Without a ‘March miracle,’ drought-like conditions will continue in Southern California

Ian Kellam

Ian Kellam of Costa Mesa fires a shot as he and friends play disc golf at a course in Huntington Beach earlier this month. Southern California has seen above-average heat in February so far.

(Ed Crisostomo / Associated Press)

Southern Californians can expect dry conditions and above-average heat this week as a stubborn high-pressure system continues to block the heavily anticipated El Niño rainstorms that weather officials warned of over the winter.

From Monday to Wednesday, coastal temperatures in Los Angeles County will hover in the low- to mid-70s and low- to mid-80s downtown and inland, according to meteorologist David Sweet of the National Weather Service.

Though temperatures will cool slightly over the weekend, there is no rain in the forecast for at least the next 10 days, Sweet said.

Though experts predicted that the Pacific warming phenomenon known as El Niño could bring consecutive downpours to Southern California between January and March -- now some say as late as April -- nothing of the sort has occurred since the first week of the year.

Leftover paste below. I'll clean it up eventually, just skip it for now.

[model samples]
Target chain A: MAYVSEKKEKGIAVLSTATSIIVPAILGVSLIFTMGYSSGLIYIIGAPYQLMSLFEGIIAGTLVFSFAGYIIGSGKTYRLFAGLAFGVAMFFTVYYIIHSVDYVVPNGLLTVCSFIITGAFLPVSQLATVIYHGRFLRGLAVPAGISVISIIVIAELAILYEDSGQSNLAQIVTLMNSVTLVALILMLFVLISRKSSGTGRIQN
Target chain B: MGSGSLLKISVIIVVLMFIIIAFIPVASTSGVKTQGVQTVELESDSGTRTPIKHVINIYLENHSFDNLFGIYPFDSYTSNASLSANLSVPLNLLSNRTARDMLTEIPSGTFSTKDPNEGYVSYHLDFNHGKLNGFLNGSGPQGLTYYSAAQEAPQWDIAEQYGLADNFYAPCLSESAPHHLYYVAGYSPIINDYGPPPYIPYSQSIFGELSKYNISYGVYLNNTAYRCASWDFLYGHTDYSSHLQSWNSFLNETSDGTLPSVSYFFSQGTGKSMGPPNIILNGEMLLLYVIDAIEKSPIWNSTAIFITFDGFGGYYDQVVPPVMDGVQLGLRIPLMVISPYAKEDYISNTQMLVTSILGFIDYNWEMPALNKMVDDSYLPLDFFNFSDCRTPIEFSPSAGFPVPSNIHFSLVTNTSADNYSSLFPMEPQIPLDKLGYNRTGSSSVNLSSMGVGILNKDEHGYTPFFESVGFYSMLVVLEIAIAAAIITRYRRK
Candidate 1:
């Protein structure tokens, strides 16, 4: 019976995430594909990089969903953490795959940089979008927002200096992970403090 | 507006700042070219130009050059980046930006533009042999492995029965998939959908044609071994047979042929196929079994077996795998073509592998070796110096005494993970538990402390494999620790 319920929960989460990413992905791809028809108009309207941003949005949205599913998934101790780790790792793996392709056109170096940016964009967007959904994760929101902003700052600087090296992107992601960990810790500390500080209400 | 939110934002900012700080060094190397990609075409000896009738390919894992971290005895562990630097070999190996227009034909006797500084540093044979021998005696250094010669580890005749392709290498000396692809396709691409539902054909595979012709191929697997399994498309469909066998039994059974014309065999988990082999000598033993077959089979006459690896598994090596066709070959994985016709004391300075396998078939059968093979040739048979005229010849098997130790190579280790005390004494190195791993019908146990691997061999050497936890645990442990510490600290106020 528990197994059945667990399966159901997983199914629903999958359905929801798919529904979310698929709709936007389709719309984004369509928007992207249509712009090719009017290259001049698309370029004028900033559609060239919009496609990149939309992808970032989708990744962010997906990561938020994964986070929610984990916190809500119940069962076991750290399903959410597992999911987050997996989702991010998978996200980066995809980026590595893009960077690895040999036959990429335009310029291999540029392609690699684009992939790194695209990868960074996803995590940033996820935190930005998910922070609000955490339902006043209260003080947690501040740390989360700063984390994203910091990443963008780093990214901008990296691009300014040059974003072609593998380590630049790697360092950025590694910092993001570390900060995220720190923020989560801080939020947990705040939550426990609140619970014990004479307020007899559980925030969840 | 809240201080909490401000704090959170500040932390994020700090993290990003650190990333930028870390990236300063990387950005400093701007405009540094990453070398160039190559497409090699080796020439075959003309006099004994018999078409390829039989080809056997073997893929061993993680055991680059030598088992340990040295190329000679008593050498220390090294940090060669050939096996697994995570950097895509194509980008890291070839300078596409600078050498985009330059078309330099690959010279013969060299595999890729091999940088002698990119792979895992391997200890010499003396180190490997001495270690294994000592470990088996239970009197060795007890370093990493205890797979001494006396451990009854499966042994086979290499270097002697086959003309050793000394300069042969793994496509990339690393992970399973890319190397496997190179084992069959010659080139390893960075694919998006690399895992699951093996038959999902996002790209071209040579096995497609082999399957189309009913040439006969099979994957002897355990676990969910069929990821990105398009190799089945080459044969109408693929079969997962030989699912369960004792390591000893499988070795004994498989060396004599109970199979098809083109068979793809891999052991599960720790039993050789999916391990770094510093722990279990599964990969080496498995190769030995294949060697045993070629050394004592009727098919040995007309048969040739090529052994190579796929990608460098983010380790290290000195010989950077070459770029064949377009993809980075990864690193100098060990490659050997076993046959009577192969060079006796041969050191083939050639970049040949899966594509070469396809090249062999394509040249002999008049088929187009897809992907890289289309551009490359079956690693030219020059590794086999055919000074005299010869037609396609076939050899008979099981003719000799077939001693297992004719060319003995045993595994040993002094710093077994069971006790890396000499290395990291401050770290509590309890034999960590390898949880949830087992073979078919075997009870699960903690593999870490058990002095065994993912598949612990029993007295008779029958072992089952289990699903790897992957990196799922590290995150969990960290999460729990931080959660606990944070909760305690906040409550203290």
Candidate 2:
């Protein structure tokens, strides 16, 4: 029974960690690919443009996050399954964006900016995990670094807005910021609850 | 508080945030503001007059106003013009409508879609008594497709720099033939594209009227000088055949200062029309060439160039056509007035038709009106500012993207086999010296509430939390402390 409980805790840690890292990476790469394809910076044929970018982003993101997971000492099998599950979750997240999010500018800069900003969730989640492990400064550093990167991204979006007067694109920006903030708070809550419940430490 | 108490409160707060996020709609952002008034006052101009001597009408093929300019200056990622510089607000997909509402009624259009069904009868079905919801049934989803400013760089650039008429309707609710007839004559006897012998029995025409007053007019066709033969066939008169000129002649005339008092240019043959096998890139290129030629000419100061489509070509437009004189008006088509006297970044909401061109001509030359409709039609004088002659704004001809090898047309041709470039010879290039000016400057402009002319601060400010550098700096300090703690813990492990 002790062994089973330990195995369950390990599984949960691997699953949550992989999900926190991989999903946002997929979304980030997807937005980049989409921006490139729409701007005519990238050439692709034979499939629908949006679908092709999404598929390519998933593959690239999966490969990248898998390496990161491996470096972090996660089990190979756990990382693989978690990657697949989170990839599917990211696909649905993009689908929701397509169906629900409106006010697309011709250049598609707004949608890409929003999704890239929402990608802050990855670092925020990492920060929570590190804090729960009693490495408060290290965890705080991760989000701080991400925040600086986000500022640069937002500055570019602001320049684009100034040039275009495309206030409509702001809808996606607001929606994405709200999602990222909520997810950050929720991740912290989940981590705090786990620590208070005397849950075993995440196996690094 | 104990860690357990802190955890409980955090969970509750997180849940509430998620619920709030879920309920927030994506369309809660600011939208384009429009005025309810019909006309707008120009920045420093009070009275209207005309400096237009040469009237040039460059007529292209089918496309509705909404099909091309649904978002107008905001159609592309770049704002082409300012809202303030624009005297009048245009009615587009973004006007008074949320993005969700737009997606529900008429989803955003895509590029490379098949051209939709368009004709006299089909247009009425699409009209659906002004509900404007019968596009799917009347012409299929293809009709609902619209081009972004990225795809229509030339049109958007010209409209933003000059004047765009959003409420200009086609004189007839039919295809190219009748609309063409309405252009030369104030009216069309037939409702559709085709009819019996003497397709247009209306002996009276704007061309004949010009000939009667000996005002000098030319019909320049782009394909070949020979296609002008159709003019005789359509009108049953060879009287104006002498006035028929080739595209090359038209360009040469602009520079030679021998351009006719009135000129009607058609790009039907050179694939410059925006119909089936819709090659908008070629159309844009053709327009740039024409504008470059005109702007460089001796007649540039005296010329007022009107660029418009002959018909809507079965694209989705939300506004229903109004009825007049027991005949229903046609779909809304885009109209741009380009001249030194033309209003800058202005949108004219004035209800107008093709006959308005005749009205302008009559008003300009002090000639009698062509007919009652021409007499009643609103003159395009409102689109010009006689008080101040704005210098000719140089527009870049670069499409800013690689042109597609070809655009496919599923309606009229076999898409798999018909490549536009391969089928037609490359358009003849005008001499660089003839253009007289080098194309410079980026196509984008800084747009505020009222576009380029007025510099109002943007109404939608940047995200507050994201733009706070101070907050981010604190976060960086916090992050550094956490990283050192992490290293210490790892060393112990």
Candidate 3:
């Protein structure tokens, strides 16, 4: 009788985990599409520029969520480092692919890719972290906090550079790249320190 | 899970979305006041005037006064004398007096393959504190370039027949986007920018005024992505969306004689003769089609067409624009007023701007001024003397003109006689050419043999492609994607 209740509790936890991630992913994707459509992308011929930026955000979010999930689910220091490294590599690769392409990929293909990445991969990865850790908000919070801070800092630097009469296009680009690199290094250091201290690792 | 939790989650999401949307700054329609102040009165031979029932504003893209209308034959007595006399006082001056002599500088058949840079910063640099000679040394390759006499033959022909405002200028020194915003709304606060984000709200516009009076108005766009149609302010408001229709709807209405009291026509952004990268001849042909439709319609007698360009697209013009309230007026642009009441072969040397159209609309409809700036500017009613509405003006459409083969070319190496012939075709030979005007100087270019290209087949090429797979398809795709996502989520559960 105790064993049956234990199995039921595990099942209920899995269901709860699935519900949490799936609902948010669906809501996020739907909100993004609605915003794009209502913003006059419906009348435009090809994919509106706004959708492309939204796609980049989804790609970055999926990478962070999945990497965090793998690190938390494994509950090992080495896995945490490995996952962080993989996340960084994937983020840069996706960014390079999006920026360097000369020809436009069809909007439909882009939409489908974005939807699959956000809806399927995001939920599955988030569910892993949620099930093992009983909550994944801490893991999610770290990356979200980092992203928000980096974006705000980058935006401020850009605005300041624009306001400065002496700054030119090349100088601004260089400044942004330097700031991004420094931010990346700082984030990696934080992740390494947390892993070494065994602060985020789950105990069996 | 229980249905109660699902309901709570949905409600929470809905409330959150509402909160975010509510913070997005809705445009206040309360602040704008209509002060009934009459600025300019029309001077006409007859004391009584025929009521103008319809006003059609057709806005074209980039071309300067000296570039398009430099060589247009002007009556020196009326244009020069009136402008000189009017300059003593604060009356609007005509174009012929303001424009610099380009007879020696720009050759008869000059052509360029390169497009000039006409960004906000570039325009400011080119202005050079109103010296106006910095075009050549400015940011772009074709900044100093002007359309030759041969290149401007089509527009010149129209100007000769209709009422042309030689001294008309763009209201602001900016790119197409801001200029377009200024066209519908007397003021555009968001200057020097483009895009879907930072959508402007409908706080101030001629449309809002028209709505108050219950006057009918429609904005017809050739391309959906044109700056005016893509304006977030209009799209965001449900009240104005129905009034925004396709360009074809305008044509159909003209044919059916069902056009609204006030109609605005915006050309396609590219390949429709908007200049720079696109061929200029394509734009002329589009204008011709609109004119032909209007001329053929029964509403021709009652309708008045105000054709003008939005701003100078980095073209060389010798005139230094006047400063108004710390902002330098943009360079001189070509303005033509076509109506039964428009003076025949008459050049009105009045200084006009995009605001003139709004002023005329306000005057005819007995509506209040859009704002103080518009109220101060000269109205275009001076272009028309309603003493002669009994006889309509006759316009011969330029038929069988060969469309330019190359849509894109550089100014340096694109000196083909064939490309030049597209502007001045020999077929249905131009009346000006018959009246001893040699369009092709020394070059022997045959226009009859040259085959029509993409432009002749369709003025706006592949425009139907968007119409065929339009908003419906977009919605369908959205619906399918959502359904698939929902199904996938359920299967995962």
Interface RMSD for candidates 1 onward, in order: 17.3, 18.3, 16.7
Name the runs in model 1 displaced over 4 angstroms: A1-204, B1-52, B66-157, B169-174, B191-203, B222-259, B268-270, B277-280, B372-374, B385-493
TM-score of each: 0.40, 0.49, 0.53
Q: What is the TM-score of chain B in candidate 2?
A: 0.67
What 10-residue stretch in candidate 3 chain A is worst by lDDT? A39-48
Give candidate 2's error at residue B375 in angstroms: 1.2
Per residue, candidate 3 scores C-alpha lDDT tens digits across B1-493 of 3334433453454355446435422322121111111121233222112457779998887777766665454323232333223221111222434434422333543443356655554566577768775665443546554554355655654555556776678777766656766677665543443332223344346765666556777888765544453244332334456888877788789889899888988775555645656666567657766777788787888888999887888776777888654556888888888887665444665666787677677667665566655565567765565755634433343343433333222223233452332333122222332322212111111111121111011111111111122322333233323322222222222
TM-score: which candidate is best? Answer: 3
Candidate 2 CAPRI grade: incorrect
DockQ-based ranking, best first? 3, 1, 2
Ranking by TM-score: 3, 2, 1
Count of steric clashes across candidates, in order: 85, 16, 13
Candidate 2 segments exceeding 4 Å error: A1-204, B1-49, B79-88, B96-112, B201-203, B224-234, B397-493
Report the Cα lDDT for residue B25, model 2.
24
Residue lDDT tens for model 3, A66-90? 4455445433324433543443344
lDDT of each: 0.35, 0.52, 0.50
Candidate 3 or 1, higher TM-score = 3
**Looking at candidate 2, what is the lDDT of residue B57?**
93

That’s because a high-pressure system hovering over the Eureka, Calif., area has deflected most of the moisture and cooler temperatures that would flow south to Los Angeles and beyond, Sweet said. To emphasize his point, Sweet pointed out that downtown L.A. has receive only 4.99 inches of rain since Oct. 1. The historical average by the end of February is 10 inches, he said.

This February has also been more than eight degrees warmer than its historical average, Sweet said.

“The current pattern is like the drought pattern from these last four years,” Sweet said. “If March doesn’t come through, and April and May are typically drier months, we might be out of time by then.”

Southern California needs a “March miracle” to avoid a fifth year of drought-like conditions locally, he said.


But there is a silver lining for Californians, he said. Though the high-pressure system may be blocking storms in Southern California, vital rain and snow is being steered toward the Sierra Nevada, which is seeing its highest snowpack in years.

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